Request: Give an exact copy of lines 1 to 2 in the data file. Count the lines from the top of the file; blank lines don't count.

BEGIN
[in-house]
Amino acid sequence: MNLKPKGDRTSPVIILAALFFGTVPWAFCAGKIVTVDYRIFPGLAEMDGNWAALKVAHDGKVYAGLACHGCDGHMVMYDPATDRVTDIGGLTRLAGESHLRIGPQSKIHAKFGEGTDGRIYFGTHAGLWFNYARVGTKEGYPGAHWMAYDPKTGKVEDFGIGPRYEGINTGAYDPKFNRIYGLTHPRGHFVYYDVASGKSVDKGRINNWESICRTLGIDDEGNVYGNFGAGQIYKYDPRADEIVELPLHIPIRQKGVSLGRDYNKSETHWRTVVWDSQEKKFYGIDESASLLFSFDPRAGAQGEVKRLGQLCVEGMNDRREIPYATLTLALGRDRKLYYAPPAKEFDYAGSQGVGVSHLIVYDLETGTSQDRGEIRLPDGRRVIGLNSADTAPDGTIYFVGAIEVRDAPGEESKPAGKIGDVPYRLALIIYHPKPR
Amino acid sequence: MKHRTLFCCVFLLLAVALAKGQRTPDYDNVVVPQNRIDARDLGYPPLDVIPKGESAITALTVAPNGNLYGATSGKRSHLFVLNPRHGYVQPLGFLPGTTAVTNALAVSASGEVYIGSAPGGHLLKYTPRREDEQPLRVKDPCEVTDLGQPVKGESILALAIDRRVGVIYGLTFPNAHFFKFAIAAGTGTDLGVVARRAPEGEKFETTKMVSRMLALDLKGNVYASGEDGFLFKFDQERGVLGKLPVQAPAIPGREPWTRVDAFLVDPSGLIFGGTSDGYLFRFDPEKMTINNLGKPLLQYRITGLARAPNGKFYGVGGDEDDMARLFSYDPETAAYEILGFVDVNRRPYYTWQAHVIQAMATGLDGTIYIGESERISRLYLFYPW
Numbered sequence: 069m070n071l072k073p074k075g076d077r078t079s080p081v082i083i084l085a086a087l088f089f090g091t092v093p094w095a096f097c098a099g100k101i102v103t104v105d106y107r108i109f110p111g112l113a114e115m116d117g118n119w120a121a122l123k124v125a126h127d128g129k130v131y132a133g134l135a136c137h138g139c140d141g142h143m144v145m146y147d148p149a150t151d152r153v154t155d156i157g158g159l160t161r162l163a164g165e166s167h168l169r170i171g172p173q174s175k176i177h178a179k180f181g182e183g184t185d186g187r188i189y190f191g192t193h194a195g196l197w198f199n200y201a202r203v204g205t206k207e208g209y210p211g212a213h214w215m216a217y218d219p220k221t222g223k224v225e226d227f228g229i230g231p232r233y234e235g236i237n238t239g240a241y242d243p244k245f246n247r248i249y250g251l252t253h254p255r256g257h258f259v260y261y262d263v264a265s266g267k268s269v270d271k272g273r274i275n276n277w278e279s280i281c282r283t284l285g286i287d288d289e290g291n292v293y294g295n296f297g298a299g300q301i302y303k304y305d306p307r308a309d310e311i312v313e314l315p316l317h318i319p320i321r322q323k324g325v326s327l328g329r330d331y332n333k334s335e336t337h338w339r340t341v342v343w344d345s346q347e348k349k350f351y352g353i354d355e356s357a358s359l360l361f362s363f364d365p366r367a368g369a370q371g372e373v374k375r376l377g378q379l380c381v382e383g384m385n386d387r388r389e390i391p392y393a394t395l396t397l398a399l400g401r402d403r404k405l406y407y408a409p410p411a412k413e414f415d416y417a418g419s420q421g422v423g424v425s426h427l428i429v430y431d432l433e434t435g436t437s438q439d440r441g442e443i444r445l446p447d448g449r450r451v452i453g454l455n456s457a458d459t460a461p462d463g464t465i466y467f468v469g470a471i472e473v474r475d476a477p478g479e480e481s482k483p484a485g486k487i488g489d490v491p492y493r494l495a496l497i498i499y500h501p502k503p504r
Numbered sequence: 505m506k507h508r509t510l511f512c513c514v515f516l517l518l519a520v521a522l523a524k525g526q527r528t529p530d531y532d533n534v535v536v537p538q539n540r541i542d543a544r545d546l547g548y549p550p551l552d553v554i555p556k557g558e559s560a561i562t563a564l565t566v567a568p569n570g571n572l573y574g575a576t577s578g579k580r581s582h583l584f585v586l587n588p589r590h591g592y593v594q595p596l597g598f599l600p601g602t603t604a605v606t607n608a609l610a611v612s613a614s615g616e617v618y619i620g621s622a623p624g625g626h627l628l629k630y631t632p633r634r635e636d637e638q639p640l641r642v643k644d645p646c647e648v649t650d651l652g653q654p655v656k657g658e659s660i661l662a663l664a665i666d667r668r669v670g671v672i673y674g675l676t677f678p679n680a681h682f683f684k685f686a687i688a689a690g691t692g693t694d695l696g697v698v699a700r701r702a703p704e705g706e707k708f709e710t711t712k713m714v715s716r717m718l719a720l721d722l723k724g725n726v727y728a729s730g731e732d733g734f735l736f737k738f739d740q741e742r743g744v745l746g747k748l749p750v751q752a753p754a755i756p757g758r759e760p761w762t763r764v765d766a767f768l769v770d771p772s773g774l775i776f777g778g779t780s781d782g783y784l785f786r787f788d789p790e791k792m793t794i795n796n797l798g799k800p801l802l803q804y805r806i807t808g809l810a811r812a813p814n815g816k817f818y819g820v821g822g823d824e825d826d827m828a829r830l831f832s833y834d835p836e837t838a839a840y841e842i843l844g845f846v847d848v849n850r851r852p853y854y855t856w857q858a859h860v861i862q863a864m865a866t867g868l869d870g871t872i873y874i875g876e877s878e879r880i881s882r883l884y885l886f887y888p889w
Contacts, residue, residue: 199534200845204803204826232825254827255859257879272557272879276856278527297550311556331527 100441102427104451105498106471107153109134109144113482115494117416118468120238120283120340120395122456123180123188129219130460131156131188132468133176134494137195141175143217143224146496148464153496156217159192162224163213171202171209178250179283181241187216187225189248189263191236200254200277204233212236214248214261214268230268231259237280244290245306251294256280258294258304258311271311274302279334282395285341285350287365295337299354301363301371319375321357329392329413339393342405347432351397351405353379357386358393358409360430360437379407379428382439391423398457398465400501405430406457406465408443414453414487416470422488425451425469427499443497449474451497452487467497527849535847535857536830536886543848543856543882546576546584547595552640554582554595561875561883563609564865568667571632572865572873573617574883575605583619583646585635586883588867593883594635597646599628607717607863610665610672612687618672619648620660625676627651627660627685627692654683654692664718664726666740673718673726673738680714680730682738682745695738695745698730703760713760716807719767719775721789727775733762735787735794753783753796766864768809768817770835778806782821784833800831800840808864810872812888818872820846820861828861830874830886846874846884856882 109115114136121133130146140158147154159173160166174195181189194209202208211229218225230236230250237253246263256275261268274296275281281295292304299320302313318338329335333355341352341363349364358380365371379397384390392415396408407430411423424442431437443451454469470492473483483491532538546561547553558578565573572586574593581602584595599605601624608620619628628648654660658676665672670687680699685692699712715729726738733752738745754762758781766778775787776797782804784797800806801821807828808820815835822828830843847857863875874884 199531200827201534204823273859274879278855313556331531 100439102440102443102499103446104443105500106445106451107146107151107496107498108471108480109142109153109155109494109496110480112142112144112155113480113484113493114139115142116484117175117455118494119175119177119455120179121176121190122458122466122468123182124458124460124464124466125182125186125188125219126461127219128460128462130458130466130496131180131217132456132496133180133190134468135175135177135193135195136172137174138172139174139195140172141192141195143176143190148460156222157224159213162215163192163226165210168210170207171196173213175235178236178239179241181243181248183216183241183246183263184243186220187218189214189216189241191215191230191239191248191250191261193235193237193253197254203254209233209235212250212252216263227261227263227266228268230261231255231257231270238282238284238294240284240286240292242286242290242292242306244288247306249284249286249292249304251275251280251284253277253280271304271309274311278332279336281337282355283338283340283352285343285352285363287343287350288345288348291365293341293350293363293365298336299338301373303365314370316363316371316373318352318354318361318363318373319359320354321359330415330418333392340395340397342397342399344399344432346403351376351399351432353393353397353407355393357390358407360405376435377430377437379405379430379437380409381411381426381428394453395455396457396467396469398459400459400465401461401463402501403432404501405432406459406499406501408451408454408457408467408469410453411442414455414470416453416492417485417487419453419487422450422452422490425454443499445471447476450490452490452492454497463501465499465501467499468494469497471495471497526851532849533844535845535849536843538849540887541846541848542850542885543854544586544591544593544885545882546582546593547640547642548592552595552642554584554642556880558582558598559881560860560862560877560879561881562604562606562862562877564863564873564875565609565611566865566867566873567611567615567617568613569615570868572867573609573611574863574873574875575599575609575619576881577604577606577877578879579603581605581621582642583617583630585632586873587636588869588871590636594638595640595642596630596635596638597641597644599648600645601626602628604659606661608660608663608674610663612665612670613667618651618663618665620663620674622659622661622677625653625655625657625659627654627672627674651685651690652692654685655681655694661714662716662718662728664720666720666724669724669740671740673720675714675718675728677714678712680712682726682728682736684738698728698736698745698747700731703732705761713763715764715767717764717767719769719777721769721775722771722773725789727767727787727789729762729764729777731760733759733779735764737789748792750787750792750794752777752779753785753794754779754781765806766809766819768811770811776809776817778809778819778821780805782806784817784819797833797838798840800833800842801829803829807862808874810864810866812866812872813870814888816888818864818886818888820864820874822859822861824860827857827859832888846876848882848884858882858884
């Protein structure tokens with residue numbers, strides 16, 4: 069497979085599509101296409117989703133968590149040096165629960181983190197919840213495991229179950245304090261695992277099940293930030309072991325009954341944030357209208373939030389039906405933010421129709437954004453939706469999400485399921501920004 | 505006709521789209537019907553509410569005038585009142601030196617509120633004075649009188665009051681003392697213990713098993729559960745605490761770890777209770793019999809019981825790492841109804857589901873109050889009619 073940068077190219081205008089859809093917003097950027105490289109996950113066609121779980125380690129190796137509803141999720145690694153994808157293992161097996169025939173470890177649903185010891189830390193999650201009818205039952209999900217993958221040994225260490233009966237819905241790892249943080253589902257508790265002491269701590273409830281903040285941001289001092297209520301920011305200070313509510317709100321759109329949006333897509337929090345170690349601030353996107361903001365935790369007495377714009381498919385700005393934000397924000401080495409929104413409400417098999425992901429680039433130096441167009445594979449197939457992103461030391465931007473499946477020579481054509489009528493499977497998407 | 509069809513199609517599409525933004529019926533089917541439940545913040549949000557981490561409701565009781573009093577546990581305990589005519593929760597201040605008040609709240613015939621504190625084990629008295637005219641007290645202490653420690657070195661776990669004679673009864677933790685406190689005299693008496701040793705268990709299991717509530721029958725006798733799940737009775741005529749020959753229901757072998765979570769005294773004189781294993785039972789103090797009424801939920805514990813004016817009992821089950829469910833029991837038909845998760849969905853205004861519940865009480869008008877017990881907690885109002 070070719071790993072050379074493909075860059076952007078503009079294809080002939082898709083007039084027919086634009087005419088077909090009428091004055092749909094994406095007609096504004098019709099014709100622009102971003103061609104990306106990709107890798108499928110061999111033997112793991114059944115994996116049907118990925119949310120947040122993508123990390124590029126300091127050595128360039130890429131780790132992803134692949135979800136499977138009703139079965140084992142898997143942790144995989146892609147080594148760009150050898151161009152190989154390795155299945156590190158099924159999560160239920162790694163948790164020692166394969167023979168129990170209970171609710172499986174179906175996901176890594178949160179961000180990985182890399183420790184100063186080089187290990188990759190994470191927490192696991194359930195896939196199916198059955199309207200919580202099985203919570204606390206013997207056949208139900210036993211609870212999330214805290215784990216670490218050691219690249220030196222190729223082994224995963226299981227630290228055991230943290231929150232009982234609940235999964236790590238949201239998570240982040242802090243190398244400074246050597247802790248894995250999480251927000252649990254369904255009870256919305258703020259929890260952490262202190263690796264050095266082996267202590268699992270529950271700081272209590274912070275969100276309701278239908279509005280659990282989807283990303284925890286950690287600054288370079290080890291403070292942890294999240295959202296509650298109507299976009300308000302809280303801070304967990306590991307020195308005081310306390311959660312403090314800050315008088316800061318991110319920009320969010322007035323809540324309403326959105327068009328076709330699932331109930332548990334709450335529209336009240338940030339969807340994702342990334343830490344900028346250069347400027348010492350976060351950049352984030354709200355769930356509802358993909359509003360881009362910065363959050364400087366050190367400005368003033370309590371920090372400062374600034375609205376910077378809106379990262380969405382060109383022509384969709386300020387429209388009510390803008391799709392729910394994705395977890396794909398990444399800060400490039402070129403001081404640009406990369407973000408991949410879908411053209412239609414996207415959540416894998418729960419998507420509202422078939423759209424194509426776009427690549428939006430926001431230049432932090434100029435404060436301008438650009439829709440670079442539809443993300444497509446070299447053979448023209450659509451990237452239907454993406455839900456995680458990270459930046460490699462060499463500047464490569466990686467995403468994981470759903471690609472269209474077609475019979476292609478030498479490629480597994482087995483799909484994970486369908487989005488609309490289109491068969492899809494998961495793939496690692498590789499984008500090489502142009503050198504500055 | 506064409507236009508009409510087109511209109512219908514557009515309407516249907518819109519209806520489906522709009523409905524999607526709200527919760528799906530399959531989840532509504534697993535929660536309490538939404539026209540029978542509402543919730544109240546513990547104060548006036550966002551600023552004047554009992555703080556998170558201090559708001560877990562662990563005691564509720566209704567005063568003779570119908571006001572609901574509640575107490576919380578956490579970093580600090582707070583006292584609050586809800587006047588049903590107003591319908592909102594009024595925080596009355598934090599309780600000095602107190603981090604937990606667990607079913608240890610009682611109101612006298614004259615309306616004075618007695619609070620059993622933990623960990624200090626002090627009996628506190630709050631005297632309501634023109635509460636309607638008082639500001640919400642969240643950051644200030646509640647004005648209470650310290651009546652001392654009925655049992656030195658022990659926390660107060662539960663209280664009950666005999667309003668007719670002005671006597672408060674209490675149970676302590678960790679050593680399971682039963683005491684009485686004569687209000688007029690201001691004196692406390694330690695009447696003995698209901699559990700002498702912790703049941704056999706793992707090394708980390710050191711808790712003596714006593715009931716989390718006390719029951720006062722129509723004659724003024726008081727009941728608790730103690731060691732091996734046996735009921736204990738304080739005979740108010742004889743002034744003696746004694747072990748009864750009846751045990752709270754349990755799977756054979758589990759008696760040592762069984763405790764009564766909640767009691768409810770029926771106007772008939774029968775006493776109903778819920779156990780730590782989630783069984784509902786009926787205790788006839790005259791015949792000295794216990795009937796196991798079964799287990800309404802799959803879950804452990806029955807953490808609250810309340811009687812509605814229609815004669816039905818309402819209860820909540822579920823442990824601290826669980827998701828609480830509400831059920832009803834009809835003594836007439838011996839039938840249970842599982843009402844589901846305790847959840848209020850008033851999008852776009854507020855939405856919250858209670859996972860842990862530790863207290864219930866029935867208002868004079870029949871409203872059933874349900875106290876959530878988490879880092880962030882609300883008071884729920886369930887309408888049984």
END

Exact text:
[in-house]
Amino acid sequence: MNLKPKGDRTSPVIILAALFFGTVPWAFCAGKIVTVDYRIFPGLAEMDGNWAALKVAHDGKVYAGLACHGCDGHMVMYDPATDRVTDIGGLTRLAGESHLRIGPQSKIHAKFGEGTDGRIYFGTHAGLWFNYARVGTKEGYPGAHWMAYDPKTGKVEDFGIGPRYEGINTGAYDPKFNRIYGLTHPRGHFVYYDVASGKSVDKGRINNWESICRTLGIDDEGNVYGNFGAGQIYKYDPRADEIVELPLHIPIRQKGVSLGRDYNKSETHWRTVVWDSQEKKFYGIDESASLLFSFDPRAGAQGEVKRLGQLCVEGMNDRREIPYATLTLALGRDRKLYYAPPAKEFDYAGSQGVGVSHLIVYDLETGTSQDRGEIRLPDGRRVIGLNSADTAPDGTIYFVGAIEVRDAPGEESKPAGKIGDVPYRLALIIYHPKPR